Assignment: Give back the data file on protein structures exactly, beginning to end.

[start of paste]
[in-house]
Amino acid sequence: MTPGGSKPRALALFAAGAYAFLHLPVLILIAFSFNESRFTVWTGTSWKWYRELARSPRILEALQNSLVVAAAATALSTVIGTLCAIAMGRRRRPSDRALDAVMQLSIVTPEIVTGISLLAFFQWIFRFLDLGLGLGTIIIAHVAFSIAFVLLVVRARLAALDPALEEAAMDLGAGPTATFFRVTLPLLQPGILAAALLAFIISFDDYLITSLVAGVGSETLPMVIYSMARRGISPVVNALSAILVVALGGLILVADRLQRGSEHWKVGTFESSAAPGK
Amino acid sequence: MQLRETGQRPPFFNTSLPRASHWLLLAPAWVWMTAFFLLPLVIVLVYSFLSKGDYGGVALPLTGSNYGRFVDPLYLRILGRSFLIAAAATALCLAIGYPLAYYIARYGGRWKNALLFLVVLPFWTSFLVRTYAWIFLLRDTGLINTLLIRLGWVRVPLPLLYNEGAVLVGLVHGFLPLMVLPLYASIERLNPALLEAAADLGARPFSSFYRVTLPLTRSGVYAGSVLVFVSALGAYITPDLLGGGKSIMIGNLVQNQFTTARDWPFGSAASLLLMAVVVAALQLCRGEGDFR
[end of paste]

[in-house]
Amino acid sequence: MTPGGSKPRALALFAAGAYAFLHLPVLILIAFSFNESRFTVWTGTSWKWYRELARSPRILEALQNSLVVAAAATALSTVIGTLCAIAMGRRRRPSDRALDAVMQLSIVTPEIVTGISLLAFFQWIFRFLDLGLGLGTIIIAHVAFSIAFVLLVVRARLAALDPALEEAAMDLGAGPTATFFRVTLPLLQPGILAAALLAFIISFDDYLITSLVAGVGSETLPMVIYSMARRGISPVVNALSAILVVALGGLILVADRLQRGSEHWKVGTFESSAAPGK
Amino acid sequence: MQLRETGQRPPFFNTSLPRASHWLLLAPAWVWMTAFFLLPLVIVLVYSFLSKGDYGGVALPLTGSNYGRFVDPLYLRILGRSFLIAAAATALCLAIGYPLAYYIARYGGRWKNALLFLVVLPFWTSFLVRTYAWIFLLRDTGLINTLLIRLGWVRVPLPLLYNEGAVLVGLVHGFLPLMVLPLYASIERLNPALLEAAADLGARPFSSFYRVTLPLTRSGVYAGSVLVFVSALGAYITPDLLGGGKSIMIGNLVQNQFTTARDWPFGSAASLLLMAVVVAALQLCRGEGDFR